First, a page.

The Quest (1983 video game)
|Designer(s)||Dallas Snell |
Joel Ellis Rea
|Platform(s)||Apple II series, Atari 8-bit, Commodore 64, MS-DOS, Macintosh|
|Genre(s)||Interactive fiction, Adventure|
The Quest is a graphic fantasy text adventure computer game released in 1983 by Penguin Software. Originally designed by Dallas Snell for the Apple II and was later ported to several other home computer systems of the era.
The game takes place in a medieval fantasy setting in the Kingdom of Balema as a dragon threatens its citizens. The player takes the role of the King's newest Adviser and with the help of the King's champion, Gorn, set out to end the dragon menace.
The player controls the actions of the party by typing basic commands that are to be issued by the player's character and performed by either the group, Gorn or your character. The game is played largely by nonlinear exploration and finding important items to allow the player to complete the objective. The player has access to both a text and graphic description of each scene and is able to toggle between strictly text and text/graphic mode.
When the game was brought to Penguin Software, some of its content was deemed slightly too mature for publication and was subsequently "toned down" for its release. Despite these changes, the game was given a review in Playboy and is the only game published by Penguin Software to be reviewed by the magazine. Electronic Fun with Computers & Games called it "one of the best combinations of graphics and text around". While praising the graphics, SoftSide described the game's multiple ways to win as a "unique aspect". Softline wrote, "It looks like Penguin Software has really done it: adventure game with beautiful hi-res graphics, a great plot, and sneaky surprises!"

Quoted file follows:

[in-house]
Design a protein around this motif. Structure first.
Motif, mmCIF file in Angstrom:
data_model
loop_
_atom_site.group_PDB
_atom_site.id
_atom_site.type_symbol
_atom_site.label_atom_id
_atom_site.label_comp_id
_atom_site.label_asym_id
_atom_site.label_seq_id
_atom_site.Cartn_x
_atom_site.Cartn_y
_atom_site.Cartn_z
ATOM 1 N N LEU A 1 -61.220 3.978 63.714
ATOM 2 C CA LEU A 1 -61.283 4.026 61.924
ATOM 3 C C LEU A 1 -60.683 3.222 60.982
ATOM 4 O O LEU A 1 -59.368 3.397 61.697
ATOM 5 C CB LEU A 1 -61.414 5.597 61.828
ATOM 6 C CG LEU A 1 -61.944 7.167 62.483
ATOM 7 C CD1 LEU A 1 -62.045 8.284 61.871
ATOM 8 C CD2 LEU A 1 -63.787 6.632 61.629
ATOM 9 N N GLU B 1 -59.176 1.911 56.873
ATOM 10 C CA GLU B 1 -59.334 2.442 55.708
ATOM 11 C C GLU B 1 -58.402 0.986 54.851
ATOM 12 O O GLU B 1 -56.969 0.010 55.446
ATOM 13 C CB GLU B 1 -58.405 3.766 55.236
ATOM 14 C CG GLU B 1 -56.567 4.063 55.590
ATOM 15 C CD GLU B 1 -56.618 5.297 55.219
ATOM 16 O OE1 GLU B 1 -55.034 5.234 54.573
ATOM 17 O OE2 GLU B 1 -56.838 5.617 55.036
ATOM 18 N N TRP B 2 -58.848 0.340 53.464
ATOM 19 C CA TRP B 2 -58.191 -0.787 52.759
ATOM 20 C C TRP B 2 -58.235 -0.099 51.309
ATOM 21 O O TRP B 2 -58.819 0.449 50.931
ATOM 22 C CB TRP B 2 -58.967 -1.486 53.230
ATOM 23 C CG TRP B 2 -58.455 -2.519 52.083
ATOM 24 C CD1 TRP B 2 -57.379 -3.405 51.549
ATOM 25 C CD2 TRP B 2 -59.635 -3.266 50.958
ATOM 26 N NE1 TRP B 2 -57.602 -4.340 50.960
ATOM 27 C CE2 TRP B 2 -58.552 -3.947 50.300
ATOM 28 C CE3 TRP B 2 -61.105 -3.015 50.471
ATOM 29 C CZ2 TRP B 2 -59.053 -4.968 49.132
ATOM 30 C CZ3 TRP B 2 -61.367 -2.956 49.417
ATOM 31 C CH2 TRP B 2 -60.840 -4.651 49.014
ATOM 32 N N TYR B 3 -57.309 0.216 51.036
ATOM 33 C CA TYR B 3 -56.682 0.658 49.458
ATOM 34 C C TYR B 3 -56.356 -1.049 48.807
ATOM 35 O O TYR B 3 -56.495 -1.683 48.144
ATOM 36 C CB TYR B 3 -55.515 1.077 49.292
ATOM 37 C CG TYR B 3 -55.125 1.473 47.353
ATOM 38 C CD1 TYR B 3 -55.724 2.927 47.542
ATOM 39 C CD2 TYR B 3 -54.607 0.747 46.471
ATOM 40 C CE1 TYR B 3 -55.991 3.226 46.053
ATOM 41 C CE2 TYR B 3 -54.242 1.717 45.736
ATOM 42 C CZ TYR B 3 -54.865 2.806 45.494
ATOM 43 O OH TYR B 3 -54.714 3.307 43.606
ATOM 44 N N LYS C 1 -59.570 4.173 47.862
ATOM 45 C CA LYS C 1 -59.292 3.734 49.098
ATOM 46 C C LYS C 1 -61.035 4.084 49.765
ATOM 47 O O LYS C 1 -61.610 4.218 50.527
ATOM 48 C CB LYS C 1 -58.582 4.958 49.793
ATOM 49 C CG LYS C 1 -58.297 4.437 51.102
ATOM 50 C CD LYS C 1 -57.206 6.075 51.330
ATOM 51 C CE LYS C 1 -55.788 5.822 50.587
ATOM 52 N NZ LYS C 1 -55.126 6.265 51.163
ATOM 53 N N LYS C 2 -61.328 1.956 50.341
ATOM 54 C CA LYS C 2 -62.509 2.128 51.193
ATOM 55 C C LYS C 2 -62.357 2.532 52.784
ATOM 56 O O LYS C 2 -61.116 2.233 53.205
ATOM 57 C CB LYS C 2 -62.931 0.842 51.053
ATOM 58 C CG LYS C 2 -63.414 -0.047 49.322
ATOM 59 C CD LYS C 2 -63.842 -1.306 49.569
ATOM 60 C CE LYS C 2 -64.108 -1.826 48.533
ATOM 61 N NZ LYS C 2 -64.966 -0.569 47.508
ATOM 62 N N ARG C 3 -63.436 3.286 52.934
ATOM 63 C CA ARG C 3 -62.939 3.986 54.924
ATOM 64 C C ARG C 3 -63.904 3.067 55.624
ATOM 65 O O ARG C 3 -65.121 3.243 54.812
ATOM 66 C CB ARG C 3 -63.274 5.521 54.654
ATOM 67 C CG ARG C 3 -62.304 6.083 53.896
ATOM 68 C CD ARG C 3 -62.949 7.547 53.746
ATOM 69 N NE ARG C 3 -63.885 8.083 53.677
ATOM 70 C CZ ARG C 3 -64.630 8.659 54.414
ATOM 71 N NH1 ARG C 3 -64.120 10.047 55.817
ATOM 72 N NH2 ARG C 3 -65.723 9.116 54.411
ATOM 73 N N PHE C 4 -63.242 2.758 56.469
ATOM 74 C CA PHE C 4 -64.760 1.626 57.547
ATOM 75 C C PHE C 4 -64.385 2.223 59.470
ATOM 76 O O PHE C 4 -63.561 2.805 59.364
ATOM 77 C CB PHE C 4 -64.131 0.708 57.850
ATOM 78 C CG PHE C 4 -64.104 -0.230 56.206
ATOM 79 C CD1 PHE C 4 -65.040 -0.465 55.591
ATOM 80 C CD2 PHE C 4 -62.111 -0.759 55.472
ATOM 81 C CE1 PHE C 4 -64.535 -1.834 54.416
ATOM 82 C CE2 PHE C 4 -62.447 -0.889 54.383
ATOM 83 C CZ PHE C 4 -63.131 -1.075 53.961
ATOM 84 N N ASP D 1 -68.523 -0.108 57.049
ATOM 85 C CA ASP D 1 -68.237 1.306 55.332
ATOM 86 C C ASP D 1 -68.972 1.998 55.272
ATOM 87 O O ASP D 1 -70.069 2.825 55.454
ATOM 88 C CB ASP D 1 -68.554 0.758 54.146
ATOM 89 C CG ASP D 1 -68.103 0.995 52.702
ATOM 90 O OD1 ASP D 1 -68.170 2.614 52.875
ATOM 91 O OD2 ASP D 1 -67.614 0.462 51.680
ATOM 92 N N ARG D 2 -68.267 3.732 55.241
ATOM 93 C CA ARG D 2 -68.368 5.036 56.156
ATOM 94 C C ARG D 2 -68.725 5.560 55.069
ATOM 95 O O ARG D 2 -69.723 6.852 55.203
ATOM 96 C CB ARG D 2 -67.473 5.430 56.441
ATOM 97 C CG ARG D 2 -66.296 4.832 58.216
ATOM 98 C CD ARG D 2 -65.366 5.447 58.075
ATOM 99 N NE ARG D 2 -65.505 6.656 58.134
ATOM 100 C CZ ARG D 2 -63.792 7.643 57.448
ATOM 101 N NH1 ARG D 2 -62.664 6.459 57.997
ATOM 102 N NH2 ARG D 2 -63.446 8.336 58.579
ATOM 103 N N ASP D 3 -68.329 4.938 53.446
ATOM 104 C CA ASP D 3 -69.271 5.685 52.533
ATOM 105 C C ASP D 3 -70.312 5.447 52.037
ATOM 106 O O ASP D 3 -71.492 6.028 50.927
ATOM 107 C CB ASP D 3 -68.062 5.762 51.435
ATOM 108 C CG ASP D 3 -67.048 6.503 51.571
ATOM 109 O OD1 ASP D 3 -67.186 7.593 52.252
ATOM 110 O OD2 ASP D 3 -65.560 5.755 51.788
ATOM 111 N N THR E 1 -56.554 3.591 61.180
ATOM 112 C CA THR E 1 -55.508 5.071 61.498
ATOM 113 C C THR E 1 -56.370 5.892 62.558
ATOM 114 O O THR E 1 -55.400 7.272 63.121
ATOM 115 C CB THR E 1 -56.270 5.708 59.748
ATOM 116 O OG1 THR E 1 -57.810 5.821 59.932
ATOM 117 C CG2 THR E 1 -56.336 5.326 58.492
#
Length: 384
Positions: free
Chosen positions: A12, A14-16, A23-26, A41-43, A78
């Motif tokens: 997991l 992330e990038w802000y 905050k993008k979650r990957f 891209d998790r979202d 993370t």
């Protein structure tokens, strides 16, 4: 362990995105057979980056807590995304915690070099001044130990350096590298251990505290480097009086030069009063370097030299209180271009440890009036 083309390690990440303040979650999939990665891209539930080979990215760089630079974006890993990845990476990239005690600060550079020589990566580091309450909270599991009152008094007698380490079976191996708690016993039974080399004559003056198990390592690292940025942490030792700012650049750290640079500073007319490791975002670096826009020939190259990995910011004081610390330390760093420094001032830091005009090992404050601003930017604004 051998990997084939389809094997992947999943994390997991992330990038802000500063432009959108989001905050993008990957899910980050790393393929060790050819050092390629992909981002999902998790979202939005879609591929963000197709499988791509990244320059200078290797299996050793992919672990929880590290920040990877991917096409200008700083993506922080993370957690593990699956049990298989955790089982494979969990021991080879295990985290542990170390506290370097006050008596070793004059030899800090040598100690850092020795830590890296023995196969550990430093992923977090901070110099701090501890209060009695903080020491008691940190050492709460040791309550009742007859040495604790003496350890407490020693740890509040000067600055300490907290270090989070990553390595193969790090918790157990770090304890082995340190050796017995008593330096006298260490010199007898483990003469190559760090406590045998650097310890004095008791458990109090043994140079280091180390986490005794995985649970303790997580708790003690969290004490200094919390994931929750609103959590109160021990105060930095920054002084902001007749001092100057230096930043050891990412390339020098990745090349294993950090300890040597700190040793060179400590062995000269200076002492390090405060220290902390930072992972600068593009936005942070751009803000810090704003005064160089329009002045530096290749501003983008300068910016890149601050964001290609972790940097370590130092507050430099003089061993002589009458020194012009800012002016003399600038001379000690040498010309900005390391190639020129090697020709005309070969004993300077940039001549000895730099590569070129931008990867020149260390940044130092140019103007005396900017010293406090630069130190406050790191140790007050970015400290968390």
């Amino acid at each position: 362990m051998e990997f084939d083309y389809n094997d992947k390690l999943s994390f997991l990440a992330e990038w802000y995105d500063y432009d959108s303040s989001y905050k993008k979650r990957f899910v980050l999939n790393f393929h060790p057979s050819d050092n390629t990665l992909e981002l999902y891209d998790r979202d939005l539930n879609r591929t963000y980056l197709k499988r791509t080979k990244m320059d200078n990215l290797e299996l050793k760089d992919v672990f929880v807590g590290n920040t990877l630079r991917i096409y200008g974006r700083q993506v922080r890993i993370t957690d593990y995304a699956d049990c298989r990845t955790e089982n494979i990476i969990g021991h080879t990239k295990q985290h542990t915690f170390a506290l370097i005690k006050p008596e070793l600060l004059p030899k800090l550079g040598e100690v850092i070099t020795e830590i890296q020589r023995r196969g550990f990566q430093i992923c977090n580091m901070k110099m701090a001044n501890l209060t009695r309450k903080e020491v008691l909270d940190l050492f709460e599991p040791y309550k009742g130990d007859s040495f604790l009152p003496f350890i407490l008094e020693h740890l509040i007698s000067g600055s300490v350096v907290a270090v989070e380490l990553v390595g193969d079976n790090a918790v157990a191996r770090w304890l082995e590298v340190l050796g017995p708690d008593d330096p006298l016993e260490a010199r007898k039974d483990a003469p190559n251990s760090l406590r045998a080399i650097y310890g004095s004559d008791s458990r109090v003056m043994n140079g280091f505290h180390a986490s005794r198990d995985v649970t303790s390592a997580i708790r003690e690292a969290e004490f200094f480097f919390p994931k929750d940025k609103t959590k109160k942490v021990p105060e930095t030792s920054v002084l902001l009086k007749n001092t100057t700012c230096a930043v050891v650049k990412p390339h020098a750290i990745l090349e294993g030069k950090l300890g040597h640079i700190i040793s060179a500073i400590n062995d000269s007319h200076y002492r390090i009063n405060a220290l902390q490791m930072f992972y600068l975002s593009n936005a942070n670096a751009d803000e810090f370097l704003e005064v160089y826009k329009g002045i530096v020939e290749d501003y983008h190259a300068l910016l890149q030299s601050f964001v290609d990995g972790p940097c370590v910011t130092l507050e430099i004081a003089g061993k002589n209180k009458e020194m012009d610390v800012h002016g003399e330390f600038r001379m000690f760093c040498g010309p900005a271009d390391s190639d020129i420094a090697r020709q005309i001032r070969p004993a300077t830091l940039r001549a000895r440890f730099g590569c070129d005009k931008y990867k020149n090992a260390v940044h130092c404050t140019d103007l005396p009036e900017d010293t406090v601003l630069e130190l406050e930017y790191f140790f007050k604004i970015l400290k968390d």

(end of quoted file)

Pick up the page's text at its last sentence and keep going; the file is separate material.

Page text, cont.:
- "Advenuture Games". Polarware Archive site. Retrieved July 27, 2017.
- "Go East Young Person". Electronic Fun with Computers & Games. Vol. 2 no. 1. November 1983. p. 100–101.
- "Death to the Dragon". SoftSide. No. 45. November 1983. p. 105.
- "The Quest". Softline. Vol. 3 no. 1. November–December 1983. p. 24.